After Selena Gomez's Exit and a Thawing 'Frozen,' Is Disney Headed for a Cold Spell?
The 'Frozen' soundtrack may have helped the company’s music division achieve its highest market share in years, but will a recent exodus of pop stars bring on a new ice age?
Thanks to the blockbuster sales of Frozen and its beyond-ubiquitous hit “Let It Go,” Disney’s music division is on its hottest streak since the halcyon days of the Jonas Brothers and Miley Cyrus in 2009, with a 2.9 percent market share. The soundtrack’s whopping-for-these-days 3.5 million sales helped account for half of the label’s recorded-music earnings in 2014 so far -- a feat to cheer, no doubt, but what happens in 2015 when Elsa is on a screen sabbatical?
That’s the question on many Mouse watchers’ minds as Hollywood Records, Disney Music Group’s pop division, tries to arrange a new crop of stars to make up for the mainstays who have jumped ship. Those include Cyrus, who remade her career at RCA Records in 2013, and Selena Gomez, who’s headed to Interscope (a best-of album will be her final release on Hollywood in November). Meanwhile, sources tell Billboard that budding pop/R&B artist Zendaya is not quite leaving the label, but finalizing a joint venture with Hollywood and Republic Records that will be a first-of-its-kind deal between the two companies.
The comings and goings have hardly fazed DMG president Ken Bunt, however: He believes Hollywood Records is still a label where younger artists can grow into adulthood. “We’ve strived to help build careers,” says Bunt, “and if you look at Demi [Lovato] and Selena and Grace Potter, it’s not one album and done -- we’ve tried to focus on the long-term perspective.”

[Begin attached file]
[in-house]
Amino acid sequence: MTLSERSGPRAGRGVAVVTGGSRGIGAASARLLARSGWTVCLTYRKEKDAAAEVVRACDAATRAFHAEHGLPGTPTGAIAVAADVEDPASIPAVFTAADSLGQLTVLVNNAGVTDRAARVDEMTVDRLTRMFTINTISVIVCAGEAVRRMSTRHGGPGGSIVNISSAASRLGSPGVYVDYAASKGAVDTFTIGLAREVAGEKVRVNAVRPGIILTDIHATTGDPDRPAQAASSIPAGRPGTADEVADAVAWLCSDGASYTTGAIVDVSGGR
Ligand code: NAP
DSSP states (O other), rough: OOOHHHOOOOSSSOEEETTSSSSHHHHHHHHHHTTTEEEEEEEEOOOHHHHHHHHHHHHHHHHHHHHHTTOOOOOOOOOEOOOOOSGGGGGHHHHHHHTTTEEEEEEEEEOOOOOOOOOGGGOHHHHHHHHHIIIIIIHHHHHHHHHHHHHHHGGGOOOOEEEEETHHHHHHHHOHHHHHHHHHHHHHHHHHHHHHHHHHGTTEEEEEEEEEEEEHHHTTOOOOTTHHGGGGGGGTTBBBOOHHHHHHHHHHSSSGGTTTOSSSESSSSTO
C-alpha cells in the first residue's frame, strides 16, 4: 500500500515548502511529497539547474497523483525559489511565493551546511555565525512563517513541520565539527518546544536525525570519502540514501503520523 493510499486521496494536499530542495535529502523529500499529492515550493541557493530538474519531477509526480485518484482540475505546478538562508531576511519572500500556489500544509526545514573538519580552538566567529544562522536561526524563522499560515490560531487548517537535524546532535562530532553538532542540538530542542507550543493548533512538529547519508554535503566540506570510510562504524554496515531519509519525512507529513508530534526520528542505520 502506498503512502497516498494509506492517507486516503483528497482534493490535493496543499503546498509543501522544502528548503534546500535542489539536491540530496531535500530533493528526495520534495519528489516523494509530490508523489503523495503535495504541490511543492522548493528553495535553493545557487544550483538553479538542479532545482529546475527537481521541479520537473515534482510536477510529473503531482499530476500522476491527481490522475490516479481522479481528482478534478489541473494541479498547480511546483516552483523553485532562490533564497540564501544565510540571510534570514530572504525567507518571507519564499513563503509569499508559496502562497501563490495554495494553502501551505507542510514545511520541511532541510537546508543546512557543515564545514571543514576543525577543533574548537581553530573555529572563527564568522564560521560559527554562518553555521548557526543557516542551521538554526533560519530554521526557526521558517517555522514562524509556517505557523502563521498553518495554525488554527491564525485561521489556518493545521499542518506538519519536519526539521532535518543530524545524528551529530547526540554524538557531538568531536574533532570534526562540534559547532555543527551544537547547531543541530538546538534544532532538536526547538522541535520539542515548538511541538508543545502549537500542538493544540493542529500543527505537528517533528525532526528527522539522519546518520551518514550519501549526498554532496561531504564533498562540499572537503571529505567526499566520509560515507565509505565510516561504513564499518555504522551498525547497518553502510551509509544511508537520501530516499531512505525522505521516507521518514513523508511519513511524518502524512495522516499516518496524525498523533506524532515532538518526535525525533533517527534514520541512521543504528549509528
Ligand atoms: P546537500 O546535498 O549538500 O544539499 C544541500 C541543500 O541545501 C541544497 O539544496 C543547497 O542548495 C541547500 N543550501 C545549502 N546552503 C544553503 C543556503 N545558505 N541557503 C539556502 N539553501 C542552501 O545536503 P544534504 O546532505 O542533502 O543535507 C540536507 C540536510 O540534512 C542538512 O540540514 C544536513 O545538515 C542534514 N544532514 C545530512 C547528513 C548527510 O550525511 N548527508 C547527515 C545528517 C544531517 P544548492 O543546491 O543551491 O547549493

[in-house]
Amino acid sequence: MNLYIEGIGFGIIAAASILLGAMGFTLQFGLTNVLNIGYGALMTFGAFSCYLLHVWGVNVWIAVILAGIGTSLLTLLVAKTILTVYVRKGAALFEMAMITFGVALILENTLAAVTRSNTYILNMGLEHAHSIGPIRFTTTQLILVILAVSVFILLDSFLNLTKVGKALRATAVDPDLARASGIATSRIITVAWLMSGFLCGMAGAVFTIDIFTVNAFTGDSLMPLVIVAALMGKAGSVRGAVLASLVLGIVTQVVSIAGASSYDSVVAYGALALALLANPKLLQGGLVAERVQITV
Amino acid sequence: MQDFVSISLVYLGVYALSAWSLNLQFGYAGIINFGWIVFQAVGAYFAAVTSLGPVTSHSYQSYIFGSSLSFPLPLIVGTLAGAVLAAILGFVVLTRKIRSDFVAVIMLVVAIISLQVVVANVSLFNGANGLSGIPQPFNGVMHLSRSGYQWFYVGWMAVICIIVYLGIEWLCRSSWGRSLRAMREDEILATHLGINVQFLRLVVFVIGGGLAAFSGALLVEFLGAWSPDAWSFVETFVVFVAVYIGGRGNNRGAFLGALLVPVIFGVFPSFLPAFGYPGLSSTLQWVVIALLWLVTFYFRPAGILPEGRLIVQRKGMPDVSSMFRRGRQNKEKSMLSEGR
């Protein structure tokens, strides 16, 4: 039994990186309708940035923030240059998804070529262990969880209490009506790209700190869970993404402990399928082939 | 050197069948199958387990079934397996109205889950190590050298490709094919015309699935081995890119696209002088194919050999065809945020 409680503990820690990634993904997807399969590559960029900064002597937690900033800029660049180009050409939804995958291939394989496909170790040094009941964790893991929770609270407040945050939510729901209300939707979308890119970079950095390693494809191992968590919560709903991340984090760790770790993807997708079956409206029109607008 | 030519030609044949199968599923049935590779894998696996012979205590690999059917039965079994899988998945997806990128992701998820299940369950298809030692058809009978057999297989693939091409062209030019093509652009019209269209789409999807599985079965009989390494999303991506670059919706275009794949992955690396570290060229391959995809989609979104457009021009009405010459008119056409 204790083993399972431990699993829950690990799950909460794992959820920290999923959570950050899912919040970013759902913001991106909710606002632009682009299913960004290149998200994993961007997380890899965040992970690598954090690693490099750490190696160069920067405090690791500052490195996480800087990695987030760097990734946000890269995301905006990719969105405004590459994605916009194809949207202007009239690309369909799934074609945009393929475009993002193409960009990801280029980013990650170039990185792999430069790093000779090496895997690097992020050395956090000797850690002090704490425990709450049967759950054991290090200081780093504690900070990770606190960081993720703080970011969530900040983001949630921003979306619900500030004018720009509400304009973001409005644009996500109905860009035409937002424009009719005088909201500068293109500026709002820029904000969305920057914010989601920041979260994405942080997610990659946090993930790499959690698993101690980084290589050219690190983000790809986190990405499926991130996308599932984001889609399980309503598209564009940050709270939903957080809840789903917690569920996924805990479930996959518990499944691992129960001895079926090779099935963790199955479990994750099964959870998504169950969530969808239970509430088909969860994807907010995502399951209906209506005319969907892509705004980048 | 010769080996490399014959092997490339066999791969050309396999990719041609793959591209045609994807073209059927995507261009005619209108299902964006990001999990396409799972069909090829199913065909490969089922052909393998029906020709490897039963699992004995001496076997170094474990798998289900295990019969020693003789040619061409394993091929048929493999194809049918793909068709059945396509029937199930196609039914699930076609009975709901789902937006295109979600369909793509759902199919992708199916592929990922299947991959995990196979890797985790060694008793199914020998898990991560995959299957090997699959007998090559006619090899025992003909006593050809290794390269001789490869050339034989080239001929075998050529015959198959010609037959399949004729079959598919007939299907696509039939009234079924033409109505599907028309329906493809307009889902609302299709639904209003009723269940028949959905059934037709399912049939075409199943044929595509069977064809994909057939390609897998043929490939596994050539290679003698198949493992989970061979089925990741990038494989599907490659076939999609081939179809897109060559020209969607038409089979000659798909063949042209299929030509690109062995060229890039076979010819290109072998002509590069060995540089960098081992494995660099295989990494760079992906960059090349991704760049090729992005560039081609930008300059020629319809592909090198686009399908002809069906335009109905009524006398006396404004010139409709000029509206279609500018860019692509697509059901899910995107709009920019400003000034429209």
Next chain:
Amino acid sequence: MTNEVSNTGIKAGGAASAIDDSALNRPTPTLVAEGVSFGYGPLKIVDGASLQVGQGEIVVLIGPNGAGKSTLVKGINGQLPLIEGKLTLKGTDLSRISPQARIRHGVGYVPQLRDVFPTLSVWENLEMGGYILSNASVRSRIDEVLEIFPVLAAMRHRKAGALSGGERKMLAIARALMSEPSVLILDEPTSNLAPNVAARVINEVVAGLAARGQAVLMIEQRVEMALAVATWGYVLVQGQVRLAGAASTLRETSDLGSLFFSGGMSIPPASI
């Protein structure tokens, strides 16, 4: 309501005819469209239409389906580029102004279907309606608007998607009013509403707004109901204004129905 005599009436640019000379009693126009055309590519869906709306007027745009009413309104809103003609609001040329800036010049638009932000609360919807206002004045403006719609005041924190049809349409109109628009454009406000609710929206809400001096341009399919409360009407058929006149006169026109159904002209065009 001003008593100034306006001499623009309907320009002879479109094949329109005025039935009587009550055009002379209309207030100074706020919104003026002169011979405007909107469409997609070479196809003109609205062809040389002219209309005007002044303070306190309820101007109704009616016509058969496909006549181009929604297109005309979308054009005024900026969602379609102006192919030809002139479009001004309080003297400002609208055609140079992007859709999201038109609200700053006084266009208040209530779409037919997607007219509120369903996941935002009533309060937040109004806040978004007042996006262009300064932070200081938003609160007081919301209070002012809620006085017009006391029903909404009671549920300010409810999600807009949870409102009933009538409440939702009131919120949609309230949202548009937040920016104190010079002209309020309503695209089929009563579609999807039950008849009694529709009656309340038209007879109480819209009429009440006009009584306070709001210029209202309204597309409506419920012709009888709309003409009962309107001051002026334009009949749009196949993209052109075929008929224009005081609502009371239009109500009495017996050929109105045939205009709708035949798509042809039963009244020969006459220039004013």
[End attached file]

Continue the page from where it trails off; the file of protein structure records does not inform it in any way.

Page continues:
Right now, Lovato, 22, is Hollywood’s flagship artist, and the last of Disney’s late-2000s teen stars is still releasing hits for the label -- 2013’s Demi spawned three top 40 singles on the Billboard Hot 100. Bunt confirms that Lovato will release a new album on Hollywood in 2015, but while her manager Phil McIntyre talks of a “collaborative relationship and many years of success” with the label, he says he doesn’t know how long the singer will be on the roster.
Hollywood also has new music coming from over-25 artists like Potter and ZZ Ward, but the next year will be about replenishing the cupboard of young talent. Bea Miller, a 15-year-old alumni of the U.S. version of The X Factor, has been opening for Lovato on select dates and has an album due in the first half of 2015. R5, the pop-rock group fronted by 18-year-old Austin & Ally star Ross Lynch, has been touring in preparation for its 2015 sophomore album. And in the indie-pop corner, new band signee Joywave -- which has a top 10 hit on the Alternative chart with its Big Data collaboration “Dangerous” -- will release its Hollywood debut in 2015.
As those artists’ careers -germinate, DMG will trot out another batch of high-profile soundtracks in the hope of replicating the successes of Frozen and the Guardians of the Galaxy soundtrack (543,000 sold, according to Nielsen SoundScan). The soundtrack to the big-screen adaptation of Into the Woods will arrive Dec. 16, while upcoming Disney Channel movies The Descendants and Teen Beach Movie 2 will have accompanying compilations out in 2015. Plus: Frozen Fever, an animated short that serves as a mini-sequel to the feature film, is due in spring 2015. Although it won’t have a full-length soundtrack, Disney confirms that a new song is coming.
If all else fails, perhaps “Let It Go Again” is just a few months away.
This article was first published in the Nov. 1 issue of Billboard.